All apprehensions of Manny Pacquiao being too small for Antonio Margarito vanished even before the first round ended in their WBC super-welterweight title fight Saturday at the Cowboys Stadium in Dallas, Texas that Pacquiao won by unanimous decision with the judges scoring it 120-108, 119-109, and 118-110. Pacquiao also won his eighth world boxing title in as many weight categories.
Pacquaio’s near-mythic speed and volume punching obviously flustered Margarito, who at 5-feet-11 and 165 pounds on fight night, looked enormous against Pacquiao’s 5-6 ½ and 146lbs. The next 11 rounds were not much different as Pacquiao took on all of Margarito’s hardest punches even as he methodically destroyed Margarito’s mug and his chances of redemption. The hand-wraps controversy will forever mar Margarito’s legacy but his hopes of putting a sheen on his tarnished image with a win over the “Mexicutioner” diminished as the fight progressed.
Round 4 could have been the most dominating for Pacquaio as he pummeled Margarito with his arsenal of punches while dancing away from counterattacks. Margarito’s body language looked like that of a defeated man as he walked back to his corner when the bell rang. But that was only a third of the punishment he got.
Round 5 showed a reckless Pacquaio who allowed himself to be trapped in the ropes twice, taking on Margarito’s blows but deftly swaying from either side while punching back and eventually escaping. It is not difficult to lure Pacquiao into a toe-to-toe battle even against bigger and theoretically stronger foes as evinced by the Miguel Cotto fight exactly a year ago, the Saranggani Province congressman from the Philippines later admitting that he wanted to get a taste of Cotto’s supposedly more formidable power. Pacquiao did get hit by Margarito but the Mexican couldn’t consistently hurt the Filipino.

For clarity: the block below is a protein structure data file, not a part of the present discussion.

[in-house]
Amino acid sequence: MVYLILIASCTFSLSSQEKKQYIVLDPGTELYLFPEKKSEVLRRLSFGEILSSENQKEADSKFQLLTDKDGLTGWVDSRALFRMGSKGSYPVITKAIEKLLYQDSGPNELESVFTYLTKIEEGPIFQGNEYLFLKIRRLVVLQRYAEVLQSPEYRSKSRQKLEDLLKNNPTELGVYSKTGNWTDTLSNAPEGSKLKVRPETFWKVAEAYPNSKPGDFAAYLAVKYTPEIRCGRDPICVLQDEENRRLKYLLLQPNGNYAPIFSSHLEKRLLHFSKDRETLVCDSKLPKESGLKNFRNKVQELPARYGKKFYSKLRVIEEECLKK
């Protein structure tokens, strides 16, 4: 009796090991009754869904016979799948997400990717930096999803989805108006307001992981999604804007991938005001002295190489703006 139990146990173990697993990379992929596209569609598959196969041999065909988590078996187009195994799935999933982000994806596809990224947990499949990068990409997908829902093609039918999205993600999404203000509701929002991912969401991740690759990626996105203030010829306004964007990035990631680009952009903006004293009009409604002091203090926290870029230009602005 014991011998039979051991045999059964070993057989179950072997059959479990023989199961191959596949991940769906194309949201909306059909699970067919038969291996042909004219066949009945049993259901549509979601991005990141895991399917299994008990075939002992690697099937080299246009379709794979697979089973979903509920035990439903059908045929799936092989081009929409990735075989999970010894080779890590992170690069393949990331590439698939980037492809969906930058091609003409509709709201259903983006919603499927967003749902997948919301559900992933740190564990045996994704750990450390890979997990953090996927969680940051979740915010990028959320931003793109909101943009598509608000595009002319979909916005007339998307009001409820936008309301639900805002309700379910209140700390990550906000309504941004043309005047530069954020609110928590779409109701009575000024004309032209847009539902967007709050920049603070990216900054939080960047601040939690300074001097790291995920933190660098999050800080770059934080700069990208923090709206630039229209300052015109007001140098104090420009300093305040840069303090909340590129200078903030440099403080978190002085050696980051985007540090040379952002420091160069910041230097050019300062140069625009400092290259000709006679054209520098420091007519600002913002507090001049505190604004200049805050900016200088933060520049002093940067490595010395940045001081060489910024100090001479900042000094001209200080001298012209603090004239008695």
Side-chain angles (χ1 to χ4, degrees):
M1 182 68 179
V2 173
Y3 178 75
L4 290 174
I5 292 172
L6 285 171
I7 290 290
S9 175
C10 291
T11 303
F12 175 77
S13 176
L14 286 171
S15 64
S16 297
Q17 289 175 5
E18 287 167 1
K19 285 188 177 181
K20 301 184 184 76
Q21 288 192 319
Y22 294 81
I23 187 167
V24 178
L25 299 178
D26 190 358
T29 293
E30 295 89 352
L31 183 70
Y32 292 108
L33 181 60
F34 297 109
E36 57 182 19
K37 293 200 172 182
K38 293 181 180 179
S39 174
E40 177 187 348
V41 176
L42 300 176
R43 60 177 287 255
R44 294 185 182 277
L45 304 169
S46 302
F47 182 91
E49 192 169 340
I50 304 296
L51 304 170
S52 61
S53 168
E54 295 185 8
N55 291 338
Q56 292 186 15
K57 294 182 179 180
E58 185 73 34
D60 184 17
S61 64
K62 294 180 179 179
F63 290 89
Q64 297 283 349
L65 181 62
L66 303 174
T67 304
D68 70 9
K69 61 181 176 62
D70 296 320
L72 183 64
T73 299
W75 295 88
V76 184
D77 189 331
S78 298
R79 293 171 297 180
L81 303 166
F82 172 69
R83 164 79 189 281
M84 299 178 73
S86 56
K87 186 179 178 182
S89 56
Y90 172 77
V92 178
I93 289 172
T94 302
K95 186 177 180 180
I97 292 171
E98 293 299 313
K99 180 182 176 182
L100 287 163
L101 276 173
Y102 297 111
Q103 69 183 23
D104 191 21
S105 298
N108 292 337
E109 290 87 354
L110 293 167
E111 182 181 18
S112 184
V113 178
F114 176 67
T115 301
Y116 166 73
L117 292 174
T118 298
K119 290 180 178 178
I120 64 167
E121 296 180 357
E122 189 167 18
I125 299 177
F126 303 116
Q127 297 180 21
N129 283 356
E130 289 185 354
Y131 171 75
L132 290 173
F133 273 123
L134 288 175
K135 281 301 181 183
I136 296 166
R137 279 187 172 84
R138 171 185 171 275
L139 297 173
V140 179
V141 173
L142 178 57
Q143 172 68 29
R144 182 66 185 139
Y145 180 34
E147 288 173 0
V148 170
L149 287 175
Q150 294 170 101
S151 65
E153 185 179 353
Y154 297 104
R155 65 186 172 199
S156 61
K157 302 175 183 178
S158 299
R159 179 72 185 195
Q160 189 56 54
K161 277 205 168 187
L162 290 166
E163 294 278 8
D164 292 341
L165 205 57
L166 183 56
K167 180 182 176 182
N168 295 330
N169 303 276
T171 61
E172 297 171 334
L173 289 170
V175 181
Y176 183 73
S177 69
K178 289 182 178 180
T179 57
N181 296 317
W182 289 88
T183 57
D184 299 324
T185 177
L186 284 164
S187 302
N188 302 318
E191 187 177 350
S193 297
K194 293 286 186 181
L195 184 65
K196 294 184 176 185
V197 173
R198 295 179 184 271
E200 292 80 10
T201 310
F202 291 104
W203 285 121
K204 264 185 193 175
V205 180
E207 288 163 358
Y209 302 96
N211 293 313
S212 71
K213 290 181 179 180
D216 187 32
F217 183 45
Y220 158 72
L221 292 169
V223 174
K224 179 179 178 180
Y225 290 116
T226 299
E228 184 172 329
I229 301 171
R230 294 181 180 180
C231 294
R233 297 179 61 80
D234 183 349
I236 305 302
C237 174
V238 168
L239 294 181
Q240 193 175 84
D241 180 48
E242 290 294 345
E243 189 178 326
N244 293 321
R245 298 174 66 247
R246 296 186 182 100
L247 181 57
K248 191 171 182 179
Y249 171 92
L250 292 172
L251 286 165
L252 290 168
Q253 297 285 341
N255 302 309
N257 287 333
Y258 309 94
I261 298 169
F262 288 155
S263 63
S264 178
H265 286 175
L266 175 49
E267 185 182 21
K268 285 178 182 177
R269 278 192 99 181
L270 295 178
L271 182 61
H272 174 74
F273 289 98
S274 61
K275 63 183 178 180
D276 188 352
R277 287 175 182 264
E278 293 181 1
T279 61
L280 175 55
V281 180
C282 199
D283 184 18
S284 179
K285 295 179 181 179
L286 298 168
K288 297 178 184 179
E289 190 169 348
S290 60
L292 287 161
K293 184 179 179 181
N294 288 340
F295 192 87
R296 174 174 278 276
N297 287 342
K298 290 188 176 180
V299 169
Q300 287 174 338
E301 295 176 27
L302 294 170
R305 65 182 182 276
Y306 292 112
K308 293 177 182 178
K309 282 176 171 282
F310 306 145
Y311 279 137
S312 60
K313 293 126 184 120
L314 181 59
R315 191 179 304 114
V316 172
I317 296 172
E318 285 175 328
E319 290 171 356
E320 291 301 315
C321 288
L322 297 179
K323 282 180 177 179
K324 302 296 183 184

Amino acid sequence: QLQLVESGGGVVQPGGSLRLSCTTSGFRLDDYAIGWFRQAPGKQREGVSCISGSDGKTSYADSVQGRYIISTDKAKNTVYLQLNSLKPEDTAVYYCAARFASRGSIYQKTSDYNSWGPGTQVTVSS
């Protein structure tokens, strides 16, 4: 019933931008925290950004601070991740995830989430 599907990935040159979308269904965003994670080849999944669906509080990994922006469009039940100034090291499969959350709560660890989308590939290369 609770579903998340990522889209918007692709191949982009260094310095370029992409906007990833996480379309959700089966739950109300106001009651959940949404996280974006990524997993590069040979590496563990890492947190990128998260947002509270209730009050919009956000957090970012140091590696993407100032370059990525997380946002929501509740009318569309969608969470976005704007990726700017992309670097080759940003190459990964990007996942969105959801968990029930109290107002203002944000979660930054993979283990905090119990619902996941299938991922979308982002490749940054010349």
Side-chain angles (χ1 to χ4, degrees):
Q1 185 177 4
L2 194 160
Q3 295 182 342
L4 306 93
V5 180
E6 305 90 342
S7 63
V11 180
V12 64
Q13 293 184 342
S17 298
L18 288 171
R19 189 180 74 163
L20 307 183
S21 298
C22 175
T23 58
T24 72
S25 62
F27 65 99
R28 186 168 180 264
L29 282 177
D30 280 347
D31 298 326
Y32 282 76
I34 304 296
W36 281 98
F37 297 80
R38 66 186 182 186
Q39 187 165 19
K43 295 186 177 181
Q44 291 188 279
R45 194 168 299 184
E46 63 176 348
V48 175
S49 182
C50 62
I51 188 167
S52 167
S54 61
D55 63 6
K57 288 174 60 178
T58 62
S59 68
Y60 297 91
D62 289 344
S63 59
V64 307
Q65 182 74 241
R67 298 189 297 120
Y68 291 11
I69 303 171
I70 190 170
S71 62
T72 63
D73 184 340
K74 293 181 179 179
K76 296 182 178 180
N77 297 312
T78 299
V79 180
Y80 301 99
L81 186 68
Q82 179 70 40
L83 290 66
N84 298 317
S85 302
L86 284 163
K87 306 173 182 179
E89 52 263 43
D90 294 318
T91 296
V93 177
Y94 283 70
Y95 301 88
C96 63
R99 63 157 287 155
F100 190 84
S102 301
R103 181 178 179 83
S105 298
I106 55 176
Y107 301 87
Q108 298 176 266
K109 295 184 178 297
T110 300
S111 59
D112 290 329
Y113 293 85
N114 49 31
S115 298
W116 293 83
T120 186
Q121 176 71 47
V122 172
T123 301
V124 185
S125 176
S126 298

It would be redundant and cruel to go through the fight round for round as they practically resembled each other: Pacquiao either attacking and landing punches or gracefully avoiding being hit or countering after Margarito’s punches landed. It was a night full of frustrations for Margarito, who verbally expressed his confidence before the fight of doing what many of his countrymen have failed to do in the last five years: Put an end to the win streak of the bane of Mexico’s best boxers in the 126lbs-150lbs divisions.
Margarito was so confident of beating Pacquiao that he even bet his Mercedes Benz against his uncle’s Jeep. Not only did Margarito lose his car, he lost a lot of blood as Pacquiao cut him below his right eye which also puffed up with a purple hue.
Many are still asking why the fight was allowed to consume all of 12 rounds when it should have been stopped without much protestations except from Margarito, of course, four or five rounds earlier. Margarito, as brave as he was, clearly didn’t have much chance of winning at that point and had obviously taken too much of a beating already that by the 11th round Pacquiao looked imploringly at the referee to stop the carnage. Strangely, neither referee Laurence Cole nor Margarito’s corner with Roberto Garcia at the helm showed much concern and allowed him to finish the fight to the bitter end.